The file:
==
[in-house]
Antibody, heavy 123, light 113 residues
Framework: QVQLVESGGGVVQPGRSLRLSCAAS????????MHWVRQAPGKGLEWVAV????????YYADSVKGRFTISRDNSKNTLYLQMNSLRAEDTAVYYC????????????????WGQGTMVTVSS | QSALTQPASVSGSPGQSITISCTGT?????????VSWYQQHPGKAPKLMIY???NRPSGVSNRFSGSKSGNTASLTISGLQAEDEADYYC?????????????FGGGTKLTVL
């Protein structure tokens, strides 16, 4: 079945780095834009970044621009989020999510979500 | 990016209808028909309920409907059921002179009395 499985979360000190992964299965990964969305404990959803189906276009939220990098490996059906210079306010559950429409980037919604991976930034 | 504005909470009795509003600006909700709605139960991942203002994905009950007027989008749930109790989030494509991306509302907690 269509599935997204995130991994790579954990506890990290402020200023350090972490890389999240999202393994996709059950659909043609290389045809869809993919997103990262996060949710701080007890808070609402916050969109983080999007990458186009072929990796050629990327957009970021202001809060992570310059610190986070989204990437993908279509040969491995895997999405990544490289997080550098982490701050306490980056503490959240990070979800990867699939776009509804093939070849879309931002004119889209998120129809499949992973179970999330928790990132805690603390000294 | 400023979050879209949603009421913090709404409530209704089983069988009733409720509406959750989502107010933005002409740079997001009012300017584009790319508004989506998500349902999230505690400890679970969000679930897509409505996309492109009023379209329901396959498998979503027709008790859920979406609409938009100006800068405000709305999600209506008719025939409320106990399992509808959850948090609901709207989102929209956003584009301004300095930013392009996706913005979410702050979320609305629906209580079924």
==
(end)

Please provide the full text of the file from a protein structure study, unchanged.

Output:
[in-house]
Antibody, heavy 123, light 113 residues
Framework: QVQLVESGGGVVQPGRSLRLSCAAS????????MHWVRQAPGKGLEWVAV????????YYADSVKGRFTISRDNSKNTLYLQMNSLRAEDTAVYYC????????????????WGQGTMVTVSS | QSALTQPASVSGSPGQSITISCTGT?????????VSWYQQHPGKAPKLMIY???NRPSGVSNRFSGSKSGNTASLTISGLQAEDEADYYC?????????????FGGGTKLTVL
């Protein structure tokens, strides 16, 4: 079945780095834009970044621009989020999510979500 | 990016209808028909309920409907059921002179009395 499985979360000190992964299965990964969305404990959803189906276009939220990098490996059906210079306010559950429409980037919604991976930034 | 504005909470009795509003600006909700709605139960991942203002994905009950007027989008749930109790989030494509991306509302907690 269509599935997204995130991994790579954990506890990290402020200023350090972490890389999240999202393994996709059950659909043609290389045809869809993919997103990262996060949710701080007890808070609402916050969109983080999007990458186009072929990796050629990327957009970021202001809060992570310059610190986070989204990437993908279509040969491995895997999405990544490289997080550098982490701050306490980056503490959240990070979800990867699939776009509804093939070849879309931002004119889209998120129809499949992973179970999330928790990132805690603390000294 | 400023979050879209949603009421913090709404409530209704089983069988009733409720509406959750989502107010933005002409740079997001009012300017584009790319508004989506998500349902999230505690400890679970969000679930897509409505996309492109009023379209329901396959498998979503027709008790859920979406609409938009100006800068405000709305999600209506008719025939409320106990399992509808959850948090609901709207989102929209956003584009301004300095930013392009996706913005979410702050979320609305629906209580079924």